“Much before Science extended our vision onto the material world, it’s been the Arts that helped man reach out beyond the mundane and the ordinary. The mission of the artist has always been to delve into the immaterial ineffable mysteries and bring back tangible forms that could stretch people’s vision beyond its default limited mode.” Ferdinando Buscema
After a recent four-day festival adventure the question about what exactly is ‘reality’ has sat pertinently in my mind. The strange transition from a forest world of music, of play and body decoration, of creation and of soulful journeying seemed to contrast ever more starkly than usual with a return to a windowless desk, under florescent lights filling out schedules of marks and correcting seemingly trivial punctuation points on student essays.
I found myself thinking about the role such festivals play in hacking our ordinary reality and stretching perspective beyond its default setting.
More than the time away in nature, the costumes, the music, the lights and the general spectacular, I feel it is to do with the space created where artists and audience blend together more seamlessly, meshing lines and boundaries of performer and performance.
The Arts have been an integral part of human culture and society for as long as culture has existed. Long used in ritual, prayer and celebration they’ve historically been ways to connect, reach collective ecstasy, show feelings that language alone cannot convey and celebrate or commiserate milestones of human life.
In modern times, the Arts, including the Performing Arts, have become something more detached, performed on stage, while a separate and all too often passive audience watches and claps good naturedly following completion of each segment.
Certainly this is not always the case but for a sizeable portion of mainstream society, it rings true.
It is said, “Art does not reproduce the visible; it makes visible.”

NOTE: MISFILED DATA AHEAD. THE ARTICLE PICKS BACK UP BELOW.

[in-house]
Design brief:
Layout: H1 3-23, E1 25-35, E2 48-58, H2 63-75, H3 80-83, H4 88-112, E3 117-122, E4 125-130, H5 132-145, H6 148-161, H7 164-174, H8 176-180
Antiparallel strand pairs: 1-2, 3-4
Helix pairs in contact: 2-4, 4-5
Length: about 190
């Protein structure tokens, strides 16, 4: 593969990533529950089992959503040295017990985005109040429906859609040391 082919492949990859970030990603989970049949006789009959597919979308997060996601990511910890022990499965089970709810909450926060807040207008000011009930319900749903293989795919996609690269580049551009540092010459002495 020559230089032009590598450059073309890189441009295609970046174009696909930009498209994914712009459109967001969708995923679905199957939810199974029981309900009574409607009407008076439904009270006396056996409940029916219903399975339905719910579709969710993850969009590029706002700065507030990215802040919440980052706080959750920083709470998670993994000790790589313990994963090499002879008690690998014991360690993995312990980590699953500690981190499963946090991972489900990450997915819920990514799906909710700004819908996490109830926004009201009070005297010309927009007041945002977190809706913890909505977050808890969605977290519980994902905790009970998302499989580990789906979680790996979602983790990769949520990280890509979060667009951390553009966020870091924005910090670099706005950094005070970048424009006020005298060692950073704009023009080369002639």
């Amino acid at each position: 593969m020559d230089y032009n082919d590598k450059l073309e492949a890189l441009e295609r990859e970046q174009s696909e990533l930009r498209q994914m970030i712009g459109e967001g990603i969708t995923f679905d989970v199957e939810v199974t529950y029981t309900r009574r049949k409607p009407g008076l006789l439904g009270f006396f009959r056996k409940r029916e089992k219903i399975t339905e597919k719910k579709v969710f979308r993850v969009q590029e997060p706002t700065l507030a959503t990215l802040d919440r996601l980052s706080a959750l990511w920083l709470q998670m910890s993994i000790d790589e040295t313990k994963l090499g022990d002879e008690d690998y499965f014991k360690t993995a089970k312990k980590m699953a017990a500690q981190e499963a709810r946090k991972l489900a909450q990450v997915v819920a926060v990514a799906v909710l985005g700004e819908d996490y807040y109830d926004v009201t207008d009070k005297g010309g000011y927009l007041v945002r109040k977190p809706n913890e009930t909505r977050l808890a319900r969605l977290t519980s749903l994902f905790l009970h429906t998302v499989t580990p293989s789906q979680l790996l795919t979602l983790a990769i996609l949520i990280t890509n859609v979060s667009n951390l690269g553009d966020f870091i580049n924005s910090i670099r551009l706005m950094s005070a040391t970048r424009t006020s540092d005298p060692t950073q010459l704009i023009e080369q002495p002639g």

If the purpose of art is to make visible the mysterious and unknowable aspects of experience, to awaken our collective imagination and to hack reality tunnels in order to perceive something greater and more comprehensive, whatever that may be, should the audience not be experiencing the art as artists themselves for this to occur?
I would argue yes.
On this, festivals play a role that revitalises such a fluid and essential relationship between artist and audience.
A relationship where the audience becomes a part of the performance, whose own creative expression adds to and builds on that being provided by the ‘artists’.
The result is that the line between audience and artist becomes sufficiently blurred and the dance floor is as much a theatrical platform as the stage itself.
I believe we are all artists, or at the very least can live an artistic life.
Living artistically is approaching life as if it were a canvas; with deliberate action, attention to detail and being open to wonder, playfulness and the potential form beyond what appears most obvious or salient.
It is not allowing our minds to become formulaic and routine or being only passive spectators to the expression of life by others supposed to be more graced with artistic talent.
Establishing the ecstatic connection between artist and audience unveils the true value of the Arts.In doing so we can be awoken to another realm of experience, can engage more wholly with the mystery that art is attempting to bring to life.
Seeing hundreds of regular people experiencing art as artists is what makes festivals like Earth Frequency memorable, mind-blowing experiences.
They make me realise that ‘reality’ is whatever makes you feel alive and therefore the world of festivals and forests is my reality. It’s city life that is far from normal.